Does Your Practice Accept Medicare or Medicaid? You Need a Fraud, Waste, and Abuse Compliance Plan
Illinois healthcare providers already face substantial challenges in delivering high-quality care to their patients. When you accept patients insured by Medicare or Medicaid, you also assume the additional legal obligation to ensure that you submit accurate reimbursement claims to the government. We are not simply talking about double-checking your bills for typos; you need a written compliance plan to identify and prevent fraud, waste, and abuse.
What Laws Apply to My Practice?
The Office of the Inspector General (OIG) at the U.S. Department of Health and Human Services is the federal agency responsible for dealing with Medicare fraud, waste, and abuse. More precisely, the OIG enforces enforces the following four federal laws in this area:
- False Claims Act (FCA): If you “knowingly” file a false or fraudulent reimbursement claim with Medicare or Medicaid, you may be fined up to three times the government’s losses plus an additional $11,000 per claim under the FCA. In this context, a “knowing” violation does not have to be intentionally fraudulent. A medical practice may be sued under the FCA if it was simply reckless or deliberately ignorant with respect to compliance. In some cases, health care providers may be charged with criminal violations of the FCA and sentenced to prison.
- Anti-Kickback Statute: We normally associate bribery and kickbacks with crooked politicians. If you accept “anything of value” in exchange for referring a Medicare patient or recommending a medically unnecessary service, you can be charged with a crime under the federal Anti-Kickback Statute.
- Stark Law: Also known as the “Physician Self-Referral Law,” this statute forbids doctors from referring patients to another healthcare entity where the doctor (or a member of their immediate family) has a financial relationship. For example, if you refer a Medicare patient to a testing lab where you a part owner, that violates the Stark Law, unless a legally designated exception applies to the situation.
- Exclusion Statute: The OIG has the legal authority to exclude healthcare providers from accepting Medicare or Medicaid patients if they are found guilty of fraud, waste, and abuse. Under this Exclusion Statute, your own practice may sanctioned if you contract or subcontract with an excluded person or entity.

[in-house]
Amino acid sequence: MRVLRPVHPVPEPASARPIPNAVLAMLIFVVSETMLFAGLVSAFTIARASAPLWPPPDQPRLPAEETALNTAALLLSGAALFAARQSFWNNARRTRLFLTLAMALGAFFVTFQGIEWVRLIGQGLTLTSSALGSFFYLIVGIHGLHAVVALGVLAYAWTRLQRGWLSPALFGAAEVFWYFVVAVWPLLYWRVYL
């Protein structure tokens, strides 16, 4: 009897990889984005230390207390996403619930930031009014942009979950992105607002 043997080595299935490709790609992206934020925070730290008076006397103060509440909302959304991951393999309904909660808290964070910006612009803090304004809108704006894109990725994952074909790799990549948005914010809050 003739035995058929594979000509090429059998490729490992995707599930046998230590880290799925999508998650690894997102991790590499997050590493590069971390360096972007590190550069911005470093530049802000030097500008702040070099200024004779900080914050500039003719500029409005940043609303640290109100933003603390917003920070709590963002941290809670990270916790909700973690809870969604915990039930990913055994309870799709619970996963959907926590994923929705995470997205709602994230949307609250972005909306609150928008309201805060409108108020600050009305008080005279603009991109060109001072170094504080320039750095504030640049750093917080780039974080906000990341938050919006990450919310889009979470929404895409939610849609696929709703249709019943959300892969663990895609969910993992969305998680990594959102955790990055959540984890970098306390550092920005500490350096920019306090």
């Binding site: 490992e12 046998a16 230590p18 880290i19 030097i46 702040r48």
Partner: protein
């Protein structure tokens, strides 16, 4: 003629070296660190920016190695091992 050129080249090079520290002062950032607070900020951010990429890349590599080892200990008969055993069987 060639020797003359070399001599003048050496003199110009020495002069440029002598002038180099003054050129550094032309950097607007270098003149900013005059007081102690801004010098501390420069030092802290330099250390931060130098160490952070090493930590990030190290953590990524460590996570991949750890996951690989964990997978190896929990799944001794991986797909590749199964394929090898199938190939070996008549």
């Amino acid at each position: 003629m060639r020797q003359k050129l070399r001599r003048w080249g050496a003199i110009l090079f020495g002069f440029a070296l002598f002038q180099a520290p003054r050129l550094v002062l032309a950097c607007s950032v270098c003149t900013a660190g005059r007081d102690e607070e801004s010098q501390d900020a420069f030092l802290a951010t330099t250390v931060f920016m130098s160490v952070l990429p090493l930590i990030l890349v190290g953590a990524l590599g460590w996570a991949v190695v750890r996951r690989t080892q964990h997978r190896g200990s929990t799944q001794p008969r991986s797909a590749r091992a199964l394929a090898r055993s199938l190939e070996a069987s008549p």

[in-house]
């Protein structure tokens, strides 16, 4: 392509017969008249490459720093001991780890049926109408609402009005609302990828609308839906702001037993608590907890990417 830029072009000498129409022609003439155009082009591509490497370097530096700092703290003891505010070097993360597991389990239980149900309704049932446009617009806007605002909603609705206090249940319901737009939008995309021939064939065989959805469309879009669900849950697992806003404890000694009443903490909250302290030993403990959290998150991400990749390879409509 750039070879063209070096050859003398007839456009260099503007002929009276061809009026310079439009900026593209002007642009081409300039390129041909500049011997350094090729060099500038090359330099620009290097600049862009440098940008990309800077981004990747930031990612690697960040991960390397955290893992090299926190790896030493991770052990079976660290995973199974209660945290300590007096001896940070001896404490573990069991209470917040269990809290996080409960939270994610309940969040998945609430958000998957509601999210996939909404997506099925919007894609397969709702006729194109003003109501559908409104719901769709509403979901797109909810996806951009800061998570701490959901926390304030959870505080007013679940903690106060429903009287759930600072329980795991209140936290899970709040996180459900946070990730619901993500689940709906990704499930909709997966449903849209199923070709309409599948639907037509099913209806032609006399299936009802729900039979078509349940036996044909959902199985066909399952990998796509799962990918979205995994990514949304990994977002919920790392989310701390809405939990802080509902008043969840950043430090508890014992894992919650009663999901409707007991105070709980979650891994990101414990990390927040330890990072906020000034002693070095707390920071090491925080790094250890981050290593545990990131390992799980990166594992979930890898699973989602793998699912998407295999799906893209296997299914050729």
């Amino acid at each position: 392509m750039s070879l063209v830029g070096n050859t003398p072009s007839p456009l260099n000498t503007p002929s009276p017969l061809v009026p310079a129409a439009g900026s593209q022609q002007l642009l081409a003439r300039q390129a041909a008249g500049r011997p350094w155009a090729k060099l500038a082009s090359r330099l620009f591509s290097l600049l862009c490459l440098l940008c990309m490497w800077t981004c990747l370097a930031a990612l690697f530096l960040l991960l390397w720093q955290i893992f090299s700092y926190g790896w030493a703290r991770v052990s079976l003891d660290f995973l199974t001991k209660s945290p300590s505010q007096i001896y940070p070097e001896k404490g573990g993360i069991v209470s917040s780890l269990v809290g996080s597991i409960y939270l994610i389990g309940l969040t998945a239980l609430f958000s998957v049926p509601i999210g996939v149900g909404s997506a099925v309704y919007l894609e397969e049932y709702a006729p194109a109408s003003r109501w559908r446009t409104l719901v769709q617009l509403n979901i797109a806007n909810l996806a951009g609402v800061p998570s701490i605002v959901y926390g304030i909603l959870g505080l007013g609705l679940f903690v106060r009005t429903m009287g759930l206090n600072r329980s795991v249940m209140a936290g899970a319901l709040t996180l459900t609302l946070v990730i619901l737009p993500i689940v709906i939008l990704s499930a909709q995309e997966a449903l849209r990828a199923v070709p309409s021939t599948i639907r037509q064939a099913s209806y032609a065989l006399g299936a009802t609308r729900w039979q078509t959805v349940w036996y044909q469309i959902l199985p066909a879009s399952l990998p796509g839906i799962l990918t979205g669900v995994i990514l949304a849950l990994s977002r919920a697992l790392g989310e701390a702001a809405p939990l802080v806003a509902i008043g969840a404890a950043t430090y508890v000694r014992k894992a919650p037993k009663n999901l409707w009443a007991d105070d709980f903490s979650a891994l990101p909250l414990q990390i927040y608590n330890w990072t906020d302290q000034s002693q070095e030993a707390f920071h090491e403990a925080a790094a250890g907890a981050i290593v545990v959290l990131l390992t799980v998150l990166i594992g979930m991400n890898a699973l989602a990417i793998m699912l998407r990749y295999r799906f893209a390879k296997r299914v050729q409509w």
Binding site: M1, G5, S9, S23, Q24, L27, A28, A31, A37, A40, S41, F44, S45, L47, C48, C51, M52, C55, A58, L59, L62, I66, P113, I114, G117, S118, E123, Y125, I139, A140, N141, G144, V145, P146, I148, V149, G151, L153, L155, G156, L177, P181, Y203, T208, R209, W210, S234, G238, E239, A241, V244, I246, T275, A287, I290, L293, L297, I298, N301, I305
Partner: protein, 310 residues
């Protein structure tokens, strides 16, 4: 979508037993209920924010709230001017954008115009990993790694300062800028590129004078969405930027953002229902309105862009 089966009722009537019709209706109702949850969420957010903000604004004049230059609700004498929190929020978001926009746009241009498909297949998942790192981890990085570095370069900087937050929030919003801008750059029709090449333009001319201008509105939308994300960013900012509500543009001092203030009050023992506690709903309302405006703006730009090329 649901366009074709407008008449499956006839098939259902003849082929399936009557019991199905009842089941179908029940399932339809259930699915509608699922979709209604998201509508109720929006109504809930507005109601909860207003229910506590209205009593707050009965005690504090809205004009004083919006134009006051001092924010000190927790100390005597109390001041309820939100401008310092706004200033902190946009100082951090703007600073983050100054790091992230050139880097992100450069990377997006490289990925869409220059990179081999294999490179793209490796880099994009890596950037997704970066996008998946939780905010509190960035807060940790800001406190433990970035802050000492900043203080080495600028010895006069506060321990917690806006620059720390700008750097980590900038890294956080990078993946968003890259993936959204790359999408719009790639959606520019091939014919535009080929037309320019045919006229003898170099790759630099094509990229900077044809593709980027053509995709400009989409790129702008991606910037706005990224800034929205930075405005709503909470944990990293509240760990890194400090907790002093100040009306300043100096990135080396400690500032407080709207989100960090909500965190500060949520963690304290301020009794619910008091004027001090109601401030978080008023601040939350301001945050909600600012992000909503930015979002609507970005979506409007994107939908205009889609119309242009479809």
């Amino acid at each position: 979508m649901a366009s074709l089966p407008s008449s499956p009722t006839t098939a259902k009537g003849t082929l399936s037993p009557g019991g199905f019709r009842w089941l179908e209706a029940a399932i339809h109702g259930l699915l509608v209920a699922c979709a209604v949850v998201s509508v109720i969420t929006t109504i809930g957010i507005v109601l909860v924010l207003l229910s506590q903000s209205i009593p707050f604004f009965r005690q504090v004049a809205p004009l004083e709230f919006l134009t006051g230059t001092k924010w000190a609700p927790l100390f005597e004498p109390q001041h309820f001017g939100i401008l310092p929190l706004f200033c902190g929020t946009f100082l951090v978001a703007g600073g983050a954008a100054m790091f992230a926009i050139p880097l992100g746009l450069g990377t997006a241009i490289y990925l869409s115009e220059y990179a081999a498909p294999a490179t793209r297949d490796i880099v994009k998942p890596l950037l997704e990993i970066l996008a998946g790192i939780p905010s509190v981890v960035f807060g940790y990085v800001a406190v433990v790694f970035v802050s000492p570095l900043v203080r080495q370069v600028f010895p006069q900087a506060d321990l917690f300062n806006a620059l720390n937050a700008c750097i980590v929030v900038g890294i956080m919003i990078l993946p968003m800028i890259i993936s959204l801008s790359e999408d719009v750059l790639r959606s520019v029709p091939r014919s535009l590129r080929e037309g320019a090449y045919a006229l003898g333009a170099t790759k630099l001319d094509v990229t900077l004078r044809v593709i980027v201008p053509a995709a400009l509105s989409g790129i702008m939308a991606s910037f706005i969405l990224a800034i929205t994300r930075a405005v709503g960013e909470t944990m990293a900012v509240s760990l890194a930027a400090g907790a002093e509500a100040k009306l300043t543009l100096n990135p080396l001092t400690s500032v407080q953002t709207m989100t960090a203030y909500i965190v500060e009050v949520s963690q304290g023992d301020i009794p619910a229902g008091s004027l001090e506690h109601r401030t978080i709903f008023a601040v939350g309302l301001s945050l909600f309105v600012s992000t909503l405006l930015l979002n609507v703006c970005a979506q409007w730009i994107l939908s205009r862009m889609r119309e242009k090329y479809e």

Your Compliance Obligations as a Small Practice
In 2000, the OIG implemented a new compliance program specifically designed for “individual and small group physician practices.” This regulation requires each provider to take the following steps to identify and reduce instances of waste, fraud, and abuse:
- conduct periodic internal audits;
- develop written and standards and procedures for the practice;
- designate a “compliance officer” to monitor compliance with these standards and procedures;
- train all staff on following the standards and procedures;
- investigate alleged violations and promptly disclose any incidents to the OIG;
- develop “open lines of communication” between all staff to help prevent errors or fraud; and
- enforce strict disciplinary standards consistent with the practice’s written guidelines.
Not every healthcare practice needs to “fully” implement all of these components. A compliance program must be tailored to each provider’s size and available resources. This is why it is important to work with an experienced healthcare lawyer who understands the intricacies of Medicare and OIG regulations. Jackson LLP’s attorneys are licensed in Illinois and Wisconsin, and our initial consultation is free. Call our office today at (312) 985-6484 or click the button below to schedule your call with a member of our legal team.